The co-chairs of Durham University Labour Club were temporarily suspended from their roles after organising canvassing for December’s General Election.
On 5 November, Durham Students’ Union (DSU) suspended Jack Pearce and Zoe Hayloc
On 5 November, Durham Students’ Union (DSU) suspended Jack Pearce and Zoe Haylock in accordance with charity law from 2014. DSU is a registered charity and by extension so are its societies, and charities are not allowed to endorse any political candidates. Charities are only able to campaign with political parties on single issues, and must remain party-politically neutral.
The decision by the DSU was prompted by 11 members of the Club canvassing on Saturday 2 November, and 20 on Sunday 3.
Alongside suspending the co-chairs, the DSU has warned the Club that they may face disaffiliation from the Union if they continue to campaign in the run up to the election on 12 December.
The Club has argued against this decision, denouncing is as “unfair”, as they have continued to campaign since the introduction of this law in 2014, with sustained efforts during the 2015 and 2017 general elections alongside the 2019 European elections, yet faced no opposition. The Club explicitly states on their page on the DSU website that they “will also campaign for the local and national Labour Party, as well as on campus to spread Labour values amongst the wider community”, and the Club argues that this was also included in their constitution, which was passed by DSU in summer. On their Twitter, the Club expressed their frustrations, saying that “With this many activists out we can make a real difference. The SU ought to be proud of the work the club is doing, not trying to shut us down.”
When questioned by Durham University’s student newspaper Palatinate, Pearce described the process as “pretty terrible – they kind of accused me of breaking the law, which was quite upsetting”. He furthered this by describing the DSU as behaving in a “standoffish and aggressive” way with the Labour Club.
An additional objection that the Club has to DSU’s ruling is that many other Students’ Unions in the UK which are registered as charities are allowing their Labour Clubs to canvass for the Party without penalty.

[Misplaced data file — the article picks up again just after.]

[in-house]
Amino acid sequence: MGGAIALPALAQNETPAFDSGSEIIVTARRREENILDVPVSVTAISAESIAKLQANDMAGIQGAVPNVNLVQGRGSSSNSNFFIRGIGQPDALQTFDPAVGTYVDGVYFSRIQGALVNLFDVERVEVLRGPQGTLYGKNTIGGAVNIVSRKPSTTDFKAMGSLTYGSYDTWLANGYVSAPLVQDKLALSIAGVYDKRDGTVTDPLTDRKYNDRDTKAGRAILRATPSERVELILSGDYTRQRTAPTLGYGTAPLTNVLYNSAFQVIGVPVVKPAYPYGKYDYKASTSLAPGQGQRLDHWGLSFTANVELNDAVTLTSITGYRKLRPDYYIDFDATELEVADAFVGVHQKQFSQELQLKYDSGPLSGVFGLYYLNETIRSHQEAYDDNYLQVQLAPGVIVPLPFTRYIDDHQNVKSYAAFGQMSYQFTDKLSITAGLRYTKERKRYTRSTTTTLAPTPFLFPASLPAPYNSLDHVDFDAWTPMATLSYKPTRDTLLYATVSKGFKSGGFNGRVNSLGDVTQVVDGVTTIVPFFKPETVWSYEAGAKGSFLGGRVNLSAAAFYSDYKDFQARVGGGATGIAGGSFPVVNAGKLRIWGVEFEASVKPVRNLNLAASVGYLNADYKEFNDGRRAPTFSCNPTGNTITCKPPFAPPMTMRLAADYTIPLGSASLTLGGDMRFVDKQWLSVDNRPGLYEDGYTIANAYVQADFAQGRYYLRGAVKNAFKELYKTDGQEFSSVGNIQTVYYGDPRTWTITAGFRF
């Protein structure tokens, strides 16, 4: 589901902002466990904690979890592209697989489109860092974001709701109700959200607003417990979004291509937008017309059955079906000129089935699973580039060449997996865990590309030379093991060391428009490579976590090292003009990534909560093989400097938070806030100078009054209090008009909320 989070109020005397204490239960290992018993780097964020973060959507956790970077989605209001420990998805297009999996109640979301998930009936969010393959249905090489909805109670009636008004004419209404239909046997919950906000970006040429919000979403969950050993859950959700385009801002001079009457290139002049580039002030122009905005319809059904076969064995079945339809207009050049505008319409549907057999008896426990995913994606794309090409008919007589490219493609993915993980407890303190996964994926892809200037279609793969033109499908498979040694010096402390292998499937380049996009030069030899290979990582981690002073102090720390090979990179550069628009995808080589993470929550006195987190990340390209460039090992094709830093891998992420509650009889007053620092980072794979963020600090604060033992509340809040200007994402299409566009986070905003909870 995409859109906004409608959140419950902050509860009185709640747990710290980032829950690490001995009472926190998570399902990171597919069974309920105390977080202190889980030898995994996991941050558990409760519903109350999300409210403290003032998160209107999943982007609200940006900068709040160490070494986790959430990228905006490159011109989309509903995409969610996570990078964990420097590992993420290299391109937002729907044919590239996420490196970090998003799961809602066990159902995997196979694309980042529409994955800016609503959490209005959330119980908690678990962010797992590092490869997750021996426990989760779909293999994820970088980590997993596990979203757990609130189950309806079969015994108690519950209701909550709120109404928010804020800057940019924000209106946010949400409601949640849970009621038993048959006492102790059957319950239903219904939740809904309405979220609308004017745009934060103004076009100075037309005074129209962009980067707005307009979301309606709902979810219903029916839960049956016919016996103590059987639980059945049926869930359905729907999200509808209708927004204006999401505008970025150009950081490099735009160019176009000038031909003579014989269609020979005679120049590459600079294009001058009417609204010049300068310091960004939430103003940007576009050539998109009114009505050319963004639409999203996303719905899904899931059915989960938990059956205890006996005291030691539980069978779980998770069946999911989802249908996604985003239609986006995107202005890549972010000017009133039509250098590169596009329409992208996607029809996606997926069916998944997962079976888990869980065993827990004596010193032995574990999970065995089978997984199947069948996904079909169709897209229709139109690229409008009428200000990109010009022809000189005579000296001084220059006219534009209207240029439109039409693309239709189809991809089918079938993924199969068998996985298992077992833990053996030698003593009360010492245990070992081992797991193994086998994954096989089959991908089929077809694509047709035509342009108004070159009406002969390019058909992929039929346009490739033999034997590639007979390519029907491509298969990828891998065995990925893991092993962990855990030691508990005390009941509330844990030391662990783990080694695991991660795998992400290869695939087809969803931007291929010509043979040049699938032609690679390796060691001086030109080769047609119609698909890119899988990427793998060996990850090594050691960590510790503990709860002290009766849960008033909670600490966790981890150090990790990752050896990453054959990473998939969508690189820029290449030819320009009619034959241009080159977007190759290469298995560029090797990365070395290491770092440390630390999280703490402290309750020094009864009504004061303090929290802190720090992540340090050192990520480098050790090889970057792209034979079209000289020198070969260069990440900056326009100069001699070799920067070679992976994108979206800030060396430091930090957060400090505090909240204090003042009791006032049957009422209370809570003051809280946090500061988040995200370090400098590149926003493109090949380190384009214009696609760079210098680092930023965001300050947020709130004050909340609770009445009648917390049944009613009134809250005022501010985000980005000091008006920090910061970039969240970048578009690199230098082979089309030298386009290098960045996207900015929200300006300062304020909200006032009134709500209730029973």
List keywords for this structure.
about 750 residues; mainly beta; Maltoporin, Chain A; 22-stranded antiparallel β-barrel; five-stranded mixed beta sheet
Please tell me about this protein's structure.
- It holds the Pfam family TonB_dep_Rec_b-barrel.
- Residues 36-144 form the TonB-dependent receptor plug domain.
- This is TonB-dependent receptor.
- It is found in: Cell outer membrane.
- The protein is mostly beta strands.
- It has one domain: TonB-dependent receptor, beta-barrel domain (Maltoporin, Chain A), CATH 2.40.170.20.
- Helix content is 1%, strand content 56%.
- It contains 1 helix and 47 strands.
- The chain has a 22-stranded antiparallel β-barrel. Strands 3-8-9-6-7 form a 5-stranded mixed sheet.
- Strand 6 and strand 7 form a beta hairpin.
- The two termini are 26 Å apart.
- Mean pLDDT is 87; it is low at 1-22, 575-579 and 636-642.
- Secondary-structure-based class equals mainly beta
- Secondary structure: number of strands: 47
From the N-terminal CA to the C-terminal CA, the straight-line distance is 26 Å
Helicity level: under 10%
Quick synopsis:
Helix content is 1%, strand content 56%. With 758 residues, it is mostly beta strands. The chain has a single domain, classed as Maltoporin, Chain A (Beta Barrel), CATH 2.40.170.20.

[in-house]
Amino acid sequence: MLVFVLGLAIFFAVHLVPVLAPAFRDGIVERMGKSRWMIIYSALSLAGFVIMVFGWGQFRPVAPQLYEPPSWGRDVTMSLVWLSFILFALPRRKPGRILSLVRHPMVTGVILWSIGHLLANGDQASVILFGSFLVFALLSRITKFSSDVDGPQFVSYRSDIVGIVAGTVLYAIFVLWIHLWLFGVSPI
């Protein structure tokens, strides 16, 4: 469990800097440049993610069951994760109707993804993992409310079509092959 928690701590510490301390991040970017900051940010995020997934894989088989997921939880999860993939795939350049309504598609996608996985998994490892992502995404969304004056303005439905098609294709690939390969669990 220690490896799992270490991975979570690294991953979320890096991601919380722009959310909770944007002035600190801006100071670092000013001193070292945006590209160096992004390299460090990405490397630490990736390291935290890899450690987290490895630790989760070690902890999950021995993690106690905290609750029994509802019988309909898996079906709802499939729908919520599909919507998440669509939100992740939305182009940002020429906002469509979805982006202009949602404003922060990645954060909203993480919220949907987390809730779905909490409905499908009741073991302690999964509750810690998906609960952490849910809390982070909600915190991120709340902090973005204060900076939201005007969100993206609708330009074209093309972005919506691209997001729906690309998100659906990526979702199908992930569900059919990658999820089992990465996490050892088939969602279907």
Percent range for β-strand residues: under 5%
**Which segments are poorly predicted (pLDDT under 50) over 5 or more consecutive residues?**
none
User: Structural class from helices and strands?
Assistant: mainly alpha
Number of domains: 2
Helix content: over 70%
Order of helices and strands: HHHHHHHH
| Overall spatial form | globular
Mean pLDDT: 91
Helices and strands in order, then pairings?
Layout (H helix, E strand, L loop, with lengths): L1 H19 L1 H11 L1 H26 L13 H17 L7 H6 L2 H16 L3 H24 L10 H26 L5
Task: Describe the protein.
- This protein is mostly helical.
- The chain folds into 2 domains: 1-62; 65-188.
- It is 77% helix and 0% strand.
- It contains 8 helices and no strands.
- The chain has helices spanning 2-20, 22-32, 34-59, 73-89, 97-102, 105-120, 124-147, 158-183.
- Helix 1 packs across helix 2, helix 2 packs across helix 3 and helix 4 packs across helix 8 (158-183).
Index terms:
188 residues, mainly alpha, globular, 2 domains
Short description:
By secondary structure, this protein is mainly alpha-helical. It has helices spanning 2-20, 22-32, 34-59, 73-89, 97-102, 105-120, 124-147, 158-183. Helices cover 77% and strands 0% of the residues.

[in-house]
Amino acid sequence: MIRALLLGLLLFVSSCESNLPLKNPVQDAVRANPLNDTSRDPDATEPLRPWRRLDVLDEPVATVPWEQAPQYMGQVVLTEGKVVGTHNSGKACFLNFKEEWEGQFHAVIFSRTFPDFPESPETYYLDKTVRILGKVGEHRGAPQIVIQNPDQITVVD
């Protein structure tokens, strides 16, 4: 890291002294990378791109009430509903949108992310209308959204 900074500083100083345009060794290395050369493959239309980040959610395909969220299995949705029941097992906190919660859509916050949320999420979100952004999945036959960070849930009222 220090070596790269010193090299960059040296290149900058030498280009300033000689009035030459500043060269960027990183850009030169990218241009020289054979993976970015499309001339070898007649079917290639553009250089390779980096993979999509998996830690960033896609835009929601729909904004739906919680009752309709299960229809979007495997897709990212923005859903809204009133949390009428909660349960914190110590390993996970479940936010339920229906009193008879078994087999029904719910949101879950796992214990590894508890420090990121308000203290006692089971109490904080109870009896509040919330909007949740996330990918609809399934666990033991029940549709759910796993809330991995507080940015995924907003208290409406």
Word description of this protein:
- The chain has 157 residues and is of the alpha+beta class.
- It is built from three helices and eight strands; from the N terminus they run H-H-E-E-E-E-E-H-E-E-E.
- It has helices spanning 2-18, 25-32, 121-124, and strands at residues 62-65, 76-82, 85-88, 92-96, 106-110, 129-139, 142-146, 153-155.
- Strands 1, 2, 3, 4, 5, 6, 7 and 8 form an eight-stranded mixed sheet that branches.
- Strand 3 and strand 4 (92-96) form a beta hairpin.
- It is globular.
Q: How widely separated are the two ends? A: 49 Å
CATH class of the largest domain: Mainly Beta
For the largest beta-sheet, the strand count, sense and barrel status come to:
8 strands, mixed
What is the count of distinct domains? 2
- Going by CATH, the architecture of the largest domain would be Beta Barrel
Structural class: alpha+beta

Writing in the Palatinate, Durham student Charlie Taylor argued that “if other universities follow suit, Tory, Labour or Lib Dem associations and clubs will become completely redundant”, and he described the DSU’s decision as “an outrage for student activism.”
Loughborough University Labour Society has issued a statement of solidarity with their counterparts at Durham, maintaining that “canvassing is an integral part of politics, and Durham SU have set a dangerous precedent of suppressing student political activism”. They further stated how they “find it upsetting to see the organisations that are meant to be upholding our best interests undermining the political process and devaluing the benefits that a Labour government would have for the student population”.
On the NUSU website, Newcastle University Labour Society state that their activities include “organis[ing] and coordinat[ing] campaigning with local Labour affiliated groups”, and they have been canvassing in Newcastle for the upcoming General Election. The Conservative Society, on the other hand, describe how they are “broadly associated but not officially affiliated with the Conservative and Unionist Party”, while the Liberal Democrat Society simply say that they “participate in politics at all levels”.
Both co-chairs at Durham were temporarily suspended, with two society members standing in as interim leaders, but the Club was still able to operate in affiliation with the DSU. On 27 November, it was announced that the Labour Club’s co-chairs’ suspensions had been lifted. This week the Labour Club have been showing their solidarity with striking UCU workers on campus. The Club also recently organised a Register to Vote bar crawl to encourage students to register in Durham.
Last modified: 1st December 2019